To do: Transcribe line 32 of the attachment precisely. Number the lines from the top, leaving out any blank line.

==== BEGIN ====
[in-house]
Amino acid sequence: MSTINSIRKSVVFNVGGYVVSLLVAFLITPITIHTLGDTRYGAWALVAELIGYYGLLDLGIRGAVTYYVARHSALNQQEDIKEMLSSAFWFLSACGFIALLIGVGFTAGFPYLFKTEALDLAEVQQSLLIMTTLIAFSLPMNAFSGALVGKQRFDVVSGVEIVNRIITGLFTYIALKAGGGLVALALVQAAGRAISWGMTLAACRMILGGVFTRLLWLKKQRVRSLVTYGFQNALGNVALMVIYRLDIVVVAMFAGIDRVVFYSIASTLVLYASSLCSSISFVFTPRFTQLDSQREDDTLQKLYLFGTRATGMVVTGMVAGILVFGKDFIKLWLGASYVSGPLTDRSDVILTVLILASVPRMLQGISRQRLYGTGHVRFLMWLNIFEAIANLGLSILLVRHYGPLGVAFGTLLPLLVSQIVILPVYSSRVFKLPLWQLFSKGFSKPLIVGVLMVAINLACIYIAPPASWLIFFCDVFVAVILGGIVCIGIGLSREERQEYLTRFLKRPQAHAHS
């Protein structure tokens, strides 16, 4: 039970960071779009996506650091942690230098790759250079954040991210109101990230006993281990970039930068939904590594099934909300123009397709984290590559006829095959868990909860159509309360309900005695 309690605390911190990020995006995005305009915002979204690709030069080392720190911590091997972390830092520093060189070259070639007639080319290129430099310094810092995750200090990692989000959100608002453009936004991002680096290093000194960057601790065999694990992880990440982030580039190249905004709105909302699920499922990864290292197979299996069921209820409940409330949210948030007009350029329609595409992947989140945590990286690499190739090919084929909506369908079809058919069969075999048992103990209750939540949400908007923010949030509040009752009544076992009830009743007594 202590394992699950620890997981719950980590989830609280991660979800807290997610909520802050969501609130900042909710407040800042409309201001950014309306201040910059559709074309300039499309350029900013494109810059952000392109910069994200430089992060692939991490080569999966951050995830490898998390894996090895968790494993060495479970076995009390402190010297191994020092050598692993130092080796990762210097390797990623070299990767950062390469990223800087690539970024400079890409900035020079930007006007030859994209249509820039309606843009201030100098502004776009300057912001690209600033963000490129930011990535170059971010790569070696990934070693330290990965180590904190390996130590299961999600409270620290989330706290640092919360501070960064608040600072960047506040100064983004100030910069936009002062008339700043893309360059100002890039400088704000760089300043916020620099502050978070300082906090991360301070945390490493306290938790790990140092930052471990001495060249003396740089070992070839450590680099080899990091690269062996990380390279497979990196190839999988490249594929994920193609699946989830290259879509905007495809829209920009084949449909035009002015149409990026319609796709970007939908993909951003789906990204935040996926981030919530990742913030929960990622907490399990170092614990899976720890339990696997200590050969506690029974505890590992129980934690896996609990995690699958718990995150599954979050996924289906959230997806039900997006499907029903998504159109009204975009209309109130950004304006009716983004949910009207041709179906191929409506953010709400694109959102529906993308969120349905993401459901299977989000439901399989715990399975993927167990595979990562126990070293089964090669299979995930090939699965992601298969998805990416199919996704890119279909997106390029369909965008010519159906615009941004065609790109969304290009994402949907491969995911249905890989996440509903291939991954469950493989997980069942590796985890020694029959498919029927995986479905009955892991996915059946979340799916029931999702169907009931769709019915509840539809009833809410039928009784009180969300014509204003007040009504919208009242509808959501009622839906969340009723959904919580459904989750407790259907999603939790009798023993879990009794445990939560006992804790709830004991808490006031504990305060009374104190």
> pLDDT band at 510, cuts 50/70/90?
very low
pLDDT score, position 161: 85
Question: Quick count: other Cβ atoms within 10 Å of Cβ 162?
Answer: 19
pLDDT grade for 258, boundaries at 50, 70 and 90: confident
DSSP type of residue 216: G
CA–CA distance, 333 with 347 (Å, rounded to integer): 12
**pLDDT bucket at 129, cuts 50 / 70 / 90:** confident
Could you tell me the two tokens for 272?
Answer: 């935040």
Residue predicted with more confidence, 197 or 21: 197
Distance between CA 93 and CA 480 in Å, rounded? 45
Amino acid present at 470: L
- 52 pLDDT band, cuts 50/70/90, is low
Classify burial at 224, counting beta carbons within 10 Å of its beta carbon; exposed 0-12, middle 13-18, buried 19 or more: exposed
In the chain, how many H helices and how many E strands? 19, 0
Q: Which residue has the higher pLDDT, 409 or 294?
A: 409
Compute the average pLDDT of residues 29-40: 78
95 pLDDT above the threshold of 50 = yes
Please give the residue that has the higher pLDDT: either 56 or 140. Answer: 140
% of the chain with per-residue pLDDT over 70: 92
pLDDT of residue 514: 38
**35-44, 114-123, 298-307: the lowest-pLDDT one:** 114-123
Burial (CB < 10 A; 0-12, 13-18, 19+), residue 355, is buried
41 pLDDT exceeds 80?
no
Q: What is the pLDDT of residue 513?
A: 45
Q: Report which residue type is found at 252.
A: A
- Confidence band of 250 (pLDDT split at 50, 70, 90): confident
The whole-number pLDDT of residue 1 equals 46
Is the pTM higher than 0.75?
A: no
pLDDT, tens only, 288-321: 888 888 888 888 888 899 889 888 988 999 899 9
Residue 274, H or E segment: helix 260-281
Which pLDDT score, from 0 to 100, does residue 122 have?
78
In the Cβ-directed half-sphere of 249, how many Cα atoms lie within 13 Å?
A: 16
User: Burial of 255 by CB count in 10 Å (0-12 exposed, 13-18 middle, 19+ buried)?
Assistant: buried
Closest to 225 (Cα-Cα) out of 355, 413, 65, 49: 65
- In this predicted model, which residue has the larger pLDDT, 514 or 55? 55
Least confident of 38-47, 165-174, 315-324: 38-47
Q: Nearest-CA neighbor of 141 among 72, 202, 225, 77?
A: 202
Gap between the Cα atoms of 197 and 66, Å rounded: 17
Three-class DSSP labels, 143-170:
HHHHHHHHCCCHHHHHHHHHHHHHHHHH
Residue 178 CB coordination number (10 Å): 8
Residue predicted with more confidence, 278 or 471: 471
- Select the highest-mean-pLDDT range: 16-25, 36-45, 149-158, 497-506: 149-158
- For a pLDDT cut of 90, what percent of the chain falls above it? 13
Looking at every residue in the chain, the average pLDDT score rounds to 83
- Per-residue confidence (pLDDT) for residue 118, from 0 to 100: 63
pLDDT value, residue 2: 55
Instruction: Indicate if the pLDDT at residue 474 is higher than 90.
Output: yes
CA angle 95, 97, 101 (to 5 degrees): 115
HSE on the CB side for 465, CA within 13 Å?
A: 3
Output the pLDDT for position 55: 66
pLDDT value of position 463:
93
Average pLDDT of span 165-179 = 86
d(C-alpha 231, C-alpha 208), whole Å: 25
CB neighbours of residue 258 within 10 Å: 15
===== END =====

Q: What is the pLDDT of residue 513?